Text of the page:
This S&P 500 ($SPX) chart shows the past 3 months of daily prices after the index finished the week at 1,409.15 on Friday, November 23, 2012.
I stepped away from the computer on Friday to spend the day with family, but wasn’t expecting much. According to the Stock Trader’s Almanac, the Friday after Thanksgiving typically favors the bulls and the Monday after that (tomorrow) favors the bears. It doesn’t go that way every year, but it’s usually not a big swing in the opposite direction. Friday’s run moved higher than expected, but without politicians around to mess it up the move went unblocked on very light volume. Why wouldn’t it? Consumer confidence is up. Congress is pretending to be nice. We’ve seen a good sell-off already. The market was ripe for a bounce, right? But where does it go from here?
The SPX closed above its 20 day moving average (dma) for the first time in more than a month. It moved above the 10 dma to open the week. However, one week does not make a trusted reversal. It does make us pay attention. The first key to watch is if the SPX can stay above its 10 dma. I take holiday gains with a grain of salt, but the fact remains that if you sold at the top, the profits count, so they can’t be ignored. The 50 dma is another 17-18 points above Friday’s close. That could be the next target/hurdle for traders to watch.
Before traders get ahead of themselves, the index faces potential trend line resistance at Friday’s closing level. The bulls past the first test with flying colors as they pushed the SPX past the shortest trend line of lower highs, but they ran out of steam just a few points past that. Two trend lines converged at Friday’s close. One marks the previous support from slightly higher lows. The other was support from lower lows. As I’ve mentioned other times, what was once support often becomes resistance and vice-versa. These trend lines will cross over each other this week and traders will be able to see which side works or if the large cap index just powers through and continues the young rally.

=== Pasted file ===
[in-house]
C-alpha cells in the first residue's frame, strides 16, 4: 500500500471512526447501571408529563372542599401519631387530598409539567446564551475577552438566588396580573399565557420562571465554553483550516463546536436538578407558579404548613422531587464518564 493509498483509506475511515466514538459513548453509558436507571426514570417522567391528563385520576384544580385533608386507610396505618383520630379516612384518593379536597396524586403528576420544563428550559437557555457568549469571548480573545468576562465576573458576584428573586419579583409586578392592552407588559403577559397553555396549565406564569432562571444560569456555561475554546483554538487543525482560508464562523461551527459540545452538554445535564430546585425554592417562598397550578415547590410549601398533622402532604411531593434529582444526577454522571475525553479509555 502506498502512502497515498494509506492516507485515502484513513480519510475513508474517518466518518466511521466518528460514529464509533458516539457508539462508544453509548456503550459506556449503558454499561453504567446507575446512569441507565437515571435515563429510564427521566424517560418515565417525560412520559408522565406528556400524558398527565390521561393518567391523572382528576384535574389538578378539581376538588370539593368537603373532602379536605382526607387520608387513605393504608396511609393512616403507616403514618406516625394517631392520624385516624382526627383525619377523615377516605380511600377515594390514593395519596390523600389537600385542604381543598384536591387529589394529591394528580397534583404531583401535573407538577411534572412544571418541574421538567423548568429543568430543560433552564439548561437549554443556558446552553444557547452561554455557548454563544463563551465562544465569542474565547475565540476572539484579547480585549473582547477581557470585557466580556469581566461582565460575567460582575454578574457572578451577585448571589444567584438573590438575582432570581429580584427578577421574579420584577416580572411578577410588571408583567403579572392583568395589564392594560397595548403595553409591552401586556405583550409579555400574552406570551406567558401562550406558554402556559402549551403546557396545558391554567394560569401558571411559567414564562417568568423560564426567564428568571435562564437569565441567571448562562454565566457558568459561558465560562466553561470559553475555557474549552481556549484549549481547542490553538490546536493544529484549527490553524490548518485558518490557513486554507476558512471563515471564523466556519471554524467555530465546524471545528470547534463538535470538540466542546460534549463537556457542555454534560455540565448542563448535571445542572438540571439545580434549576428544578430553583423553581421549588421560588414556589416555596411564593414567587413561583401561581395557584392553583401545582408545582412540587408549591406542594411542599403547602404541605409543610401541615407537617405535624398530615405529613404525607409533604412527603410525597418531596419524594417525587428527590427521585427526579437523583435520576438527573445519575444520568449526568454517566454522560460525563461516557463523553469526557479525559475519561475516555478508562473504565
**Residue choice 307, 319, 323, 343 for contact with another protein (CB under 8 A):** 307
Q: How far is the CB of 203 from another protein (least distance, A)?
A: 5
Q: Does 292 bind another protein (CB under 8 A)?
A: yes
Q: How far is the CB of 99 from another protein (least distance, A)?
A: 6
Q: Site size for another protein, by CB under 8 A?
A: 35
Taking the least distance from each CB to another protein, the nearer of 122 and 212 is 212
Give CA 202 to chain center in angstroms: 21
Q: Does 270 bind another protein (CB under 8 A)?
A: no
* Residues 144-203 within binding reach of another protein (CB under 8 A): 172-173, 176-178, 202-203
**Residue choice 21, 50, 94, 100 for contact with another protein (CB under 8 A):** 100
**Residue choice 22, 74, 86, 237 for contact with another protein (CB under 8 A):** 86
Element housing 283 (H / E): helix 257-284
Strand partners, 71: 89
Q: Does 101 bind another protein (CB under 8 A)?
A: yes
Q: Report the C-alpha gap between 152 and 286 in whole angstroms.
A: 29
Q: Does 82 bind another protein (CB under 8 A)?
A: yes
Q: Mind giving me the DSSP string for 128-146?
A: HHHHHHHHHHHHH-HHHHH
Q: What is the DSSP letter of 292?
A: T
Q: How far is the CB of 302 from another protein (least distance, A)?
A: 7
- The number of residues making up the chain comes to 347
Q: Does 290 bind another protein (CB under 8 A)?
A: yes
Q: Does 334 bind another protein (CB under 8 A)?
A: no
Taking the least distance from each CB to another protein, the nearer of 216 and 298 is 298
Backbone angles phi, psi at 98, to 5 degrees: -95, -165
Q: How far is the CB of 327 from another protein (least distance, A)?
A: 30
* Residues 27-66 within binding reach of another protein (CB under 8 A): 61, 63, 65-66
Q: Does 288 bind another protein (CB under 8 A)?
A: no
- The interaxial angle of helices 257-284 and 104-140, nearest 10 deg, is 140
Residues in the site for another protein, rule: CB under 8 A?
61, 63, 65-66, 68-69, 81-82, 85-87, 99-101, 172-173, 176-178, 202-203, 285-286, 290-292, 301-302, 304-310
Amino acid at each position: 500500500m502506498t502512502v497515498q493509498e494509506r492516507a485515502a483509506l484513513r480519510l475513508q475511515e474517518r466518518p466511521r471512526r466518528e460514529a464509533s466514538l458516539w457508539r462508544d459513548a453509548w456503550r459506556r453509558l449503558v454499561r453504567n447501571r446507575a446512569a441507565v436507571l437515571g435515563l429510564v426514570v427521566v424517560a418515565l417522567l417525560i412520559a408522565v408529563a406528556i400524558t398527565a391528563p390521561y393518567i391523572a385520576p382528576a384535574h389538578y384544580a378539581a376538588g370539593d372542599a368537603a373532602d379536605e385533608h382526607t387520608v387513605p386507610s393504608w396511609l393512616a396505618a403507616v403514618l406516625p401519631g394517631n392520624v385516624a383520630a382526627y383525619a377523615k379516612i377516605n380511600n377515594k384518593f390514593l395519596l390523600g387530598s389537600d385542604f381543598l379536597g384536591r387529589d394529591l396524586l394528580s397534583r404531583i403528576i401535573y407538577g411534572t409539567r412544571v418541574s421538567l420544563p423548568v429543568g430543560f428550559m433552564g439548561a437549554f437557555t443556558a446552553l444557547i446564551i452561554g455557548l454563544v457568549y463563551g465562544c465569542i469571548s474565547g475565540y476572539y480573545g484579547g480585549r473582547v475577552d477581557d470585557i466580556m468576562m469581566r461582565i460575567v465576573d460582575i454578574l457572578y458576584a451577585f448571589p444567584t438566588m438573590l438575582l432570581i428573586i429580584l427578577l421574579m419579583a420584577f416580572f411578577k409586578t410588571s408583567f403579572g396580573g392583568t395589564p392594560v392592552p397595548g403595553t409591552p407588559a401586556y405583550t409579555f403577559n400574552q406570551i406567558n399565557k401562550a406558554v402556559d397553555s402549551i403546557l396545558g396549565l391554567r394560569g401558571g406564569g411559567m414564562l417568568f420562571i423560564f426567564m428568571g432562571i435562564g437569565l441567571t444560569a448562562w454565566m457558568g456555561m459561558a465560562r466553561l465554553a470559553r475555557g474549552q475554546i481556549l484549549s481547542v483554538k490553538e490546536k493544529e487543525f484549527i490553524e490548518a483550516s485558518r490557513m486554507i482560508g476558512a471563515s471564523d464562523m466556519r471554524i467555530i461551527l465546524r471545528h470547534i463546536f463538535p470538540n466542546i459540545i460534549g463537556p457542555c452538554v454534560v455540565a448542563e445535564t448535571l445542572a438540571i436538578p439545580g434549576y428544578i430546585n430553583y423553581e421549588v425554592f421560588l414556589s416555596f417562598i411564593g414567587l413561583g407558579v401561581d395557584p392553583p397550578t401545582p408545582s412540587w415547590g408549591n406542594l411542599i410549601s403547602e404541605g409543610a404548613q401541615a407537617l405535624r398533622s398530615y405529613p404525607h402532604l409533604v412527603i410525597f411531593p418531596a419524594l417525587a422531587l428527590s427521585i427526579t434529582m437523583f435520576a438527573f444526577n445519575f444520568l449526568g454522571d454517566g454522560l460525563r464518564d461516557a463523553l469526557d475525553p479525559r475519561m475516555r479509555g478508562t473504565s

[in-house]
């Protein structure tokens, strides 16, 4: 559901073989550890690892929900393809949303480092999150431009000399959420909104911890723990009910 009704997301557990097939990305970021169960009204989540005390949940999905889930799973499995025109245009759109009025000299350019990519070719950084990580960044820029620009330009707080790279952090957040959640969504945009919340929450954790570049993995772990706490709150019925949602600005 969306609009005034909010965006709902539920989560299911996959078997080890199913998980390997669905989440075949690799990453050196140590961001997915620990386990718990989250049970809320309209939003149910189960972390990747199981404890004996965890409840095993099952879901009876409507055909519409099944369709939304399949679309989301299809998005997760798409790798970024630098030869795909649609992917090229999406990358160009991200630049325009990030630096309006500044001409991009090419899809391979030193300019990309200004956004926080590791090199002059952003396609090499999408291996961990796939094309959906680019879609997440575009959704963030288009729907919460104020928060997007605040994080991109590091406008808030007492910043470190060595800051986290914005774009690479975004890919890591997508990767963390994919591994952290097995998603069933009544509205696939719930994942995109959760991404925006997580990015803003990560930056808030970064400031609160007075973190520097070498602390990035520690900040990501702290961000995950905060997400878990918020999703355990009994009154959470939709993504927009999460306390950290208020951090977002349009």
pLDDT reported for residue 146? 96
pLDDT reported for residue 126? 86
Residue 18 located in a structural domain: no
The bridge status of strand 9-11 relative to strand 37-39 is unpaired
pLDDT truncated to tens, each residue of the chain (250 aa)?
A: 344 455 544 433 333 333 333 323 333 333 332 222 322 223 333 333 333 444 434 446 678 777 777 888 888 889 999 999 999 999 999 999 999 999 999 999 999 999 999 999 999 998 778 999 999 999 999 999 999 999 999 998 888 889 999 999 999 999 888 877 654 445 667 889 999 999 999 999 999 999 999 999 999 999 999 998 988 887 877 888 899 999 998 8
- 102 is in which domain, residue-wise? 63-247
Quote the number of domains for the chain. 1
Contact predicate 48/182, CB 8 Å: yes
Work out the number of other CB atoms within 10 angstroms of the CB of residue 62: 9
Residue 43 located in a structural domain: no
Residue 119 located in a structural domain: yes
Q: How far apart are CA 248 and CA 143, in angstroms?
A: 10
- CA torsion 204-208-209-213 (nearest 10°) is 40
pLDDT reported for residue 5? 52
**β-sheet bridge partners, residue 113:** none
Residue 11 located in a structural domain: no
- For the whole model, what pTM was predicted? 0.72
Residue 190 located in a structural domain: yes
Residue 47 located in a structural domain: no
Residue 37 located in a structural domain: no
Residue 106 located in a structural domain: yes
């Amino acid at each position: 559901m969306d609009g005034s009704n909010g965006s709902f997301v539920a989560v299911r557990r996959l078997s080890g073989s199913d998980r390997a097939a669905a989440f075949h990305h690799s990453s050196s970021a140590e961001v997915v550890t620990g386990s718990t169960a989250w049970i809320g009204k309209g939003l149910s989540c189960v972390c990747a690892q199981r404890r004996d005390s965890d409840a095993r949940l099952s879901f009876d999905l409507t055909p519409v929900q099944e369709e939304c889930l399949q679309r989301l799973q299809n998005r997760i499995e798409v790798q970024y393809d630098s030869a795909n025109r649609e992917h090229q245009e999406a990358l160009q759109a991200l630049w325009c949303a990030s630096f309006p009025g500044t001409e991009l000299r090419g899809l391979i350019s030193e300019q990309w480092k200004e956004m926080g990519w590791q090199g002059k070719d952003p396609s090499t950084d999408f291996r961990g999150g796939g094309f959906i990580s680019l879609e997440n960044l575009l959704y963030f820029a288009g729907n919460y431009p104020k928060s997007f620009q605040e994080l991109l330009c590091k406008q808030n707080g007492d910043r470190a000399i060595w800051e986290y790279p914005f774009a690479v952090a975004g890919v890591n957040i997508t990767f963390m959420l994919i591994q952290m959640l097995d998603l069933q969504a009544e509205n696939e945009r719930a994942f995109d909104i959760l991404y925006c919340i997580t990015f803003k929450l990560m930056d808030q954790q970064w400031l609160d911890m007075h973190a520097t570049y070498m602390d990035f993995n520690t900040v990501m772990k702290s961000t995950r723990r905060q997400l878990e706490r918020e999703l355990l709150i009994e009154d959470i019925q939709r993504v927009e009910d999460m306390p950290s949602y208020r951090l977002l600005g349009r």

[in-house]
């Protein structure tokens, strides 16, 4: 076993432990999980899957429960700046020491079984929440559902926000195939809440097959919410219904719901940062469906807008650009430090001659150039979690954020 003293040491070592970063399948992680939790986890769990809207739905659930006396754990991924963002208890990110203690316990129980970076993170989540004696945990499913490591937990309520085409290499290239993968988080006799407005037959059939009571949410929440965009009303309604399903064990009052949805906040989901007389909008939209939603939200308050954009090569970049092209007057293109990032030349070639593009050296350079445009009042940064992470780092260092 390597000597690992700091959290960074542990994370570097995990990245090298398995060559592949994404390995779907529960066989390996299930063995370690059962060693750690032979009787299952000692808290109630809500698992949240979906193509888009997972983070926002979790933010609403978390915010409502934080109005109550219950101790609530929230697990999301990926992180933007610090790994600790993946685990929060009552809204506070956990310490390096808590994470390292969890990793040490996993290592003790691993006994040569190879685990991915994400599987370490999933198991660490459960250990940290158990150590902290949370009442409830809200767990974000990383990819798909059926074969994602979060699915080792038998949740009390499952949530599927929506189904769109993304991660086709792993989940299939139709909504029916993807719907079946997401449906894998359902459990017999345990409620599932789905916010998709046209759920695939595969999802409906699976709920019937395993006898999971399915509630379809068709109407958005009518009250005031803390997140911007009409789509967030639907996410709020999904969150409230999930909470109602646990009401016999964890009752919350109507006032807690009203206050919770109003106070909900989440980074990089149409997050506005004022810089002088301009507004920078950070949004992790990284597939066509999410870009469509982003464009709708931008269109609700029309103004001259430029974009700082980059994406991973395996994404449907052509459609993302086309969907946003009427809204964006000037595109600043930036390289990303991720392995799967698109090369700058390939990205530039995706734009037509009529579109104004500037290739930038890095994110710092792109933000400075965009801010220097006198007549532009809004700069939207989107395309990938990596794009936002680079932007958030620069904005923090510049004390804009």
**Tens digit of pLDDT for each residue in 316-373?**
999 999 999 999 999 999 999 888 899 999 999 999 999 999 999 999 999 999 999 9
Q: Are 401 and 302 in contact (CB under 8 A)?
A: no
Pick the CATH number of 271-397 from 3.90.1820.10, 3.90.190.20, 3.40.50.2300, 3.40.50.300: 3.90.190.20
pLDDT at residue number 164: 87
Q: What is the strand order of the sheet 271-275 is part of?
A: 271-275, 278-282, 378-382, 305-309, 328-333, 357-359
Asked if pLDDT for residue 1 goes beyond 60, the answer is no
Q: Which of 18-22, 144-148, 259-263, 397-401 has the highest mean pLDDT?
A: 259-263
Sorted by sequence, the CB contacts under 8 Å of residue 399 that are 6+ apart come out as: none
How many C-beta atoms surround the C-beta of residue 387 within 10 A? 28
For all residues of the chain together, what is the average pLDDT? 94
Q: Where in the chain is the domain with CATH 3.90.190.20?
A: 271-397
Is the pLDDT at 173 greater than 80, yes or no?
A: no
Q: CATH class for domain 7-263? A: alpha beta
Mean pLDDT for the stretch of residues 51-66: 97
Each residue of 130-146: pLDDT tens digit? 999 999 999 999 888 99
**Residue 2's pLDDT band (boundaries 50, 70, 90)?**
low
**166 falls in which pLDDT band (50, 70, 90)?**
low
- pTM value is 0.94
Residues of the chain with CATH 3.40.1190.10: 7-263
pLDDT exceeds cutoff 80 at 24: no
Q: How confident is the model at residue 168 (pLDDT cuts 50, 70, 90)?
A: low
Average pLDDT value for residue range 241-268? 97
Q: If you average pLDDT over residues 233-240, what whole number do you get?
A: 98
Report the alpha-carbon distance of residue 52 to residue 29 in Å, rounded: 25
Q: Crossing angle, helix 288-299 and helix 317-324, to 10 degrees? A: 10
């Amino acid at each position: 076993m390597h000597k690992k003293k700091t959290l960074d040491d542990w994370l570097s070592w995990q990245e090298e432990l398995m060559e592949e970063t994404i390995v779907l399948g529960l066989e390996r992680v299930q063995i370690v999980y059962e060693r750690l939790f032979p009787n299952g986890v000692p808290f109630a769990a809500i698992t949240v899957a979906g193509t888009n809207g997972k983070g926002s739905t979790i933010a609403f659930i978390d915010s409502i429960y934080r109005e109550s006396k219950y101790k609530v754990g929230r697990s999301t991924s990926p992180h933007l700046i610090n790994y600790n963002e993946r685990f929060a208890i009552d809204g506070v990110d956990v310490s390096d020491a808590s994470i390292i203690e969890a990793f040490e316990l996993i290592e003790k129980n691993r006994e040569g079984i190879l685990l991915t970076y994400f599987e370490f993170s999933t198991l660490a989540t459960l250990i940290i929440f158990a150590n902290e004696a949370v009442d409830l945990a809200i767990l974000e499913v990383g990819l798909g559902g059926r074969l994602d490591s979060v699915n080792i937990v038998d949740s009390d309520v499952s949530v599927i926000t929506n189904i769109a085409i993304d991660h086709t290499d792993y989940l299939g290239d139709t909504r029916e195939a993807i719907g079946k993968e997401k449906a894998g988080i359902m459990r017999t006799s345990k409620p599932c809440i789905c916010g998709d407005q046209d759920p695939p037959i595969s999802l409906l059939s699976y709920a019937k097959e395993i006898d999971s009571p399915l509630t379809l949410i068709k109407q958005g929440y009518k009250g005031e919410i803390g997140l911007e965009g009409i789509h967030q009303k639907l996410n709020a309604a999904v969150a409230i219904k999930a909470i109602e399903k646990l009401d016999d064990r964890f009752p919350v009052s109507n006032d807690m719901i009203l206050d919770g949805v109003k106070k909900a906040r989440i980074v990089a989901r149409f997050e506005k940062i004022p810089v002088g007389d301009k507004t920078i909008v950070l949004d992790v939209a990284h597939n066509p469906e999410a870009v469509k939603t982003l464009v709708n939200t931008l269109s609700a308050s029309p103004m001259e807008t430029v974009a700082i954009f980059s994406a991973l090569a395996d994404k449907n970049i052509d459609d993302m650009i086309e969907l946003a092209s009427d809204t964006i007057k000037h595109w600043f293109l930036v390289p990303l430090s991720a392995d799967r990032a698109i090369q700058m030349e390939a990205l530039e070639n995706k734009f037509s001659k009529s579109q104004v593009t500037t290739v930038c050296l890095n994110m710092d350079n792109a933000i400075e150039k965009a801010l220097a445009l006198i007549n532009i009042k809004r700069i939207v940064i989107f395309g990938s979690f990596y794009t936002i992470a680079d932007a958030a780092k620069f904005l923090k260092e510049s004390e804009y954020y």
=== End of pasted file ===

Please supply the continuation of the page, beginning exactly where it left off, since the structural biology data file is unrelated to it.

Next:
The Williams %R indicator shows a strong change in sentiment and favors the bulls. It shows a bullish signal in the 14, 28 and 56 day periods going back to the beginning of this past week. A regular post-Thanksgiving Monday dip could be a healthy step back before the march higher continues, but it could still be dangerous to jump in head first yet. One bad comment from Congress and the negativity will return to stocks. Waiting too long to join the bulls could leave investors wishing they had taken a chance. The safer play is to sell out of the money puts and/or use a trailing stop with long positions to limit losses. If the rally continues, we could see a 1,460 print well before the end of the year as greed overtakes downside fear.